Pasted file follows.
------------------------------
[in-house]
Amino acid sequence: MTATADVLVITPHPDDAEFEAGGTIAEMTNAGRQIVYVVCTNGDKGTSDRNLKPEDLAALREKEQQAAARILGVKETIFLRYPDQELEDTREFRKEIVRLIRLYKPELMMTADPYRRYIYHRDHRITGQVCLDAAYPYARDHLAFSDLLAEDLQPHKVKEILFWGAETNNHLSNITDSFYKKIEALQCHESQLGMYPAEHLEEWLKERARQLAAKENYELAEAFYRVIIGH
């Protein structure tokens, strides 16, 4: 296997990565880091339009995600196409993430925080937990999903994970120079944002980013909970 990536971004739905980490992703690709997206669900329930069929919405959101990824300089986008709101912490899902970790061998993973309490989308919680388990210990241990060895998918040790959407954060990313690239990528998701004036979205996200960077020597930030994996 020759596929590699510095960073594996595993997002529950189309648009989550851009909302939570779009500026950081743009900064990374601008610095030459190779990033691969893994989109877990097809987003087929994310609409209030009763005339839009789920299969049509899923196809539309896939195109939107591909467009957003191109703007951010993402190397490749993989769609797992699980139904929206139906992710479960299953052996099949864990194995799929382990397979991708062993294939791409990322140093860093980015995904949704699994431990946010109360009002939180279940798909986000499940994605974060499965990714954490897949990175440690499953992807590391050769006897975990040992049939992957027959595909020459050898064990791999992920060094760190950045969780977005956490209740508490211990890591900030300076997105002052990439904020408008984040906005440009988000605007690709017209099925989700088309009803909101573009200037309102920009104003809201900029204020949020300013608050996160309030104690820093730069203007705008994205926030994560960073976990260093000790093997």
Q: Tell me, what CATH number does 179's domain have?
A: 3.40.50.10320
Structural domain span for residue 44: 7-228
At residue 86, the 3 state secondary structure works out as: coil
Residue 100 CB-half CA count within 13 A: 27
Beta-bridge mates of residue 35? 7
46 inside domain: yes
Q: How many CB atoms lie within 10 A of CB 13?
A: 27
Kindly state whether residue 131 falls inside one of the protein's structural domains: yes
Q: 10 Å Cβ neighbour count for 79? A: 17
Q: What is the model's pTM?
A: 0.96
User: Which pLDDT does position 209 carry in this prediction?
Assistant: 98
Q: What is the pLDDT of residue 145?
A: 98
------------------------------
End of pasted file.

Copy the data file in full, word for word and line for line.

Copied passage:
[in-house]
Amino acid sequence: MTATADVLVITPHPDDAEFEAGGTIAEMTNAGRQIVYVVCTNGDKGTSDRNLKPEDLAALREKEQQAAARILGVKETIFLRYPDQELEDTREFRKEIVRLIRLYKPELMMTADPYRRYIYHRDHRITGQVCLDAAYPYARDHLAFSDLLAEDLQPHKVKEILFWGAETNNHLSNITDSFYKKIEALQCHESQLGMYPAEHLEEWLKERARQLAAKENYELAEAFYRVIIGH
């Protein structure tokens, strides 16, 4: 296997990565880091339009995600196409993430925080937990999903994970120079944002980013909970 990536971004739905980490992703690709997206669900329930069929919405959101990824300089986008709101912490899902970790061998993973309490989308919680388990210990241990060895998918040790959407954060990313690239990528998701004036979205996200960077020597930030994996 020759596929590699510095960073594996595993997002529950189309648009989550851009909302939570779009500026950081743009900064990374601008610095030459190779990033691969893994989109877990097809987003087929994310609409209030009763005339839009789920299969049509899923196809539309896939195109939107591909467009957003191109703007951010993402190397490749993989769609797992699980139904929206139906992710479960299953052996099949864990194995799929382990397979991708062993294939791409990322140093860093980015995904949704699994431990946010109360009002939180279940798909986000499940994605974060499965990714954490897949990175440690499953992807590391050769006897975990040992049939992957027959595909020459050898064990791999992920060094760190950045969780977005956490209740508490211990890591900030300076997105002052990439904020408008984040906005440009988000605007690709017209099925989700088309009803909101573009200037309102920009104003809201900029204020949020300013608050996160309030104690820093730069203007705008994205926030994560960073976990260093000790093997």
Q: Tell me, what CATH number does 179's domain have?
A: 3.40.50.10320
Structural domain span for residue 44: 7-228
At residue 86, the 3 state secondary structure works out as: coil
Residue 100 CB-half CA count within 13 A: 27
Beta-bridge mates of residue 35? 7
46 inside domain: yes
Q: How many CB atoms lie within 10 A of CB 13?
A: 27
Kindly state whether residue 131 falls inside one of the protein's structural domains: yes
Q: 10 Å Cβ neighbour count for 79? A: 17
Q: What is the model's pTM?
A: 0.96
User: Which pLDDT does position 209 carry in this prediction?
Assistant: 98
Q: What is the pLDDT of residue 145?
A: 98